Cody, a timber faller, works alone in the woods at Winter Harbor on Prince of Wales Island. It’s dangerous work, and fallers listen for others’ saws between cuts to make sure a buddy isn't injured. Following his father’s example, Cody wanted to be a timber faller since he was a kid. He got his first chain saw when he was nine and has been working since he turned seventeen.
He leaves home at 5 a.m. driving an hour to the work site. Carrying a heavy chain saw, he walks with the grace of a ballet dancer on a maze of fallen trees. His shoes, called corks that cost as much as $750, have metal-spiked soles so he is stable on fallen trees.
Loggers and fishermen rank in the top two spots for most dangerous jobs. Both are common lines of work for people in the Alaskan outdoors. Since the Bureau of Labor Statistics began tracking fatal occupational injuries in 1980, there were 4,547 fatal work injuries in 2010, and fatality rates of some occupations remain alarmingly high.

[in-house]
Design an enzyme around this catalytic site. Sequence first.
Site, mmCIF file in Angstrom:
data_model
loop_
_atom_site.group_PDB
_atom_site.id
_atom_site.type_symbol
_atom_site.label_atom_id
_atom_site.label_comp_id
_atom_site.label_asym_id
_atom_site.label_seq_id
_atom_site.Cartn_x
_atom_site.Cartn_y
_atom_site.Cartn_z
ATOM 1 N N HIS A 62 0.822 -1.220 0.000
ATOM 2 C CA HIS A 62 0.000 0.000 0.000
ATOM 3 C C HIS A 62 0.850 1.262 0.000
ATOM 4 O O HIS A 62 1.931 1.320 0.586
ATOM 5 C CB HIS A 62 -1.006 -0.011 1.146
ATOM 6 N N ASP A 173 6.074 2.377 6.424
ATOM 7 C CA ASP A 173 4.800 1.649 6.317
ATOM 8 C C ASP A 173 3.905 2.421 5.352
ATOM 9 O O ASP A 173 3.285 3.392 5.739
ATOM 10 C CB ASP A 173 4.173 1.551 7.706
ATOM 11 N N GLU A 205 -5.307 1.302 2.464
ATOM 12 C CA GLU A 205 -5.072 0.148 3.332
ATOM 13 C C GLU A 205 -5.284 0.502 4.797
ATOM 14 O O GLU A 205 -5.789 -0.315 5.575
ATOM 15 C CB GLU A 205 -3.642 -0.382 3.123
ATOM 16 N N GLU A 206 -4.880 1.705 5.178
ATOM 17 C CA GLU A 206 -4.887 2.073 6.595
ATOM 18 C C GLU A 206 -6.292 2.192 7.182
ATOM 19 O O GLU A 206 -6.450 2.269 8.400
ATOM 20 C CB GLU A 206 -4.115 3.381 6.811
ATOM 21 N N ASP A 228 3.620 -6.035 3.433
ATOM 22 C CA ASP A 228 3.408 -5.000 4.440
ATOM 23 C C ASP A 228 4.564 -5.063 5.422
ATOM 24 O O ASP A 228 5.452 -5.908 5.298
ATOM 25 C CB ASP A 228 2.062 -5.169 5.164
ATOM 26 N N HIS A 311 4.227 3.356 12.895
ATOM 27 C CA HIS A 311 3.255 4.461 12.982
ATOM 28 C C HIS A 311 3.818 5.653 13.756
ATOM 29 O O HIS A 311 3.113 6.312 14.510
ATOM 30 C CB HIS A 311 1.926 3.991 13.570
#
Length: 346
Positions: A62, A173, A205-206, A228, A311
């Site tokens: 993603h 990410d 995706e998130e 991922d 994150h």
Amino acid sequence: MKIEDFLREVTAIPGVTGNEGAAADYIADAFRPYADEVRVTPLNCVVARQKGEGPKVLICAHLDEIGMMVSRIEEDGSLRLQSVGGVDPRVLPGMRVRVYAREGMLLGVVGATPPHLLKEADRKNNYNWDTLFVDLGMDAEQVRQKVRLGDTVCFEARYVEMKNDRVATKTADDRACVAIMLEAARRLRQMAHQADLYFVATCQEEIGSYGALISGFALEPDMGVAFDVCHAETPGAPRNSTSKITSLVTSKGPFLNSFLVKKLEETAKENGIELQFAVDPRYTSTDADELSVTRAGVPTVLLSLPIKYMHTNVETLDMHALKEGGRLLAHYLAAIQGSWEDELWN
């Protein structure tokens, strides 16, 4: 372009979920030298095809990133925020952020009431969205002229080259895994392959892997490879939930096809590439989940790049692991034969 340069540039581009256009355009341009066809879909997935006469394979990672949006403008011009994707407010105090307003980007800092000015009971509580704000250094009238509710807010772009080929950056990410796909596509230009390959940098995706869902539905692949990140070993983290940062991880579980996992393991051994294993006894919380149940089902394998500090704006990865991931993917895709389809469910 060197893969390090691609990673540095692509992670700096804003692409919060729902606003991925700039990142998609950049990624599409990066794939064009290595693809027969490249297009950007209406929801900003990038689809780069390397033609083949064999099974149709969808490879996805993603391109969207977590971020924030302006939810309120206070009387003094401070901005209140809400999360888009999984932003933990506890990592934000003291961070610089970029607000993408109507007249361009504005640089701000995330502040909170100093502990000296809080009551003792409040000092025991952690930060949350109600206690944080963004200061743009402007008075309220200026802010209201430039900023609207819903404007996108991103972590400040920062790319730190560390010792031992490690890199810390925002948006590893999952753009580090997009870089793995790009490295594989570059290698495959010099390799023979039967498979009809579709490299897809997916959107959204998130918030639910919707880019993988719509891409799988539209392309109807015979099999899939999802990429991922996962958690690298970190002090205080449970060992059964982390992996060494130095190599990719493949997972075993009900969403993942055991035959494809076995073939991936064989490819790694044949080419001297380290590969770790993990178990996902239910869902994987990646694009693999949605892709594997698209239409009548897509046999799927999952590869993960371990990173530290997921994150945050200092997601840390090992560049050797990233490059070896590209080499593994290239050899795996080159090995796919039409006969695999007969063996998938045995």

- MELISSA FARLOW
- Image Size
- 6000x4000 / 137.4MB
20-30 years, alaska, caucasian, chainsaws, chopping, color image, cutting, day, equipment, evergreen trees, evergreens, faller, forests, forests and forestry, getty, headgear, helmets, image type, industry, industry and production, lumber, lumber and paper industry and production, lumbermen, men only, model released photography, national forests (alaska), north america, one person, outdoors, photography, plants, production, sawing, saws, tongass national forest, trees, types of headgear, united states, winter harbor, young adult
- Contained in galleries
- Tongass National Geographic Magazine MM7258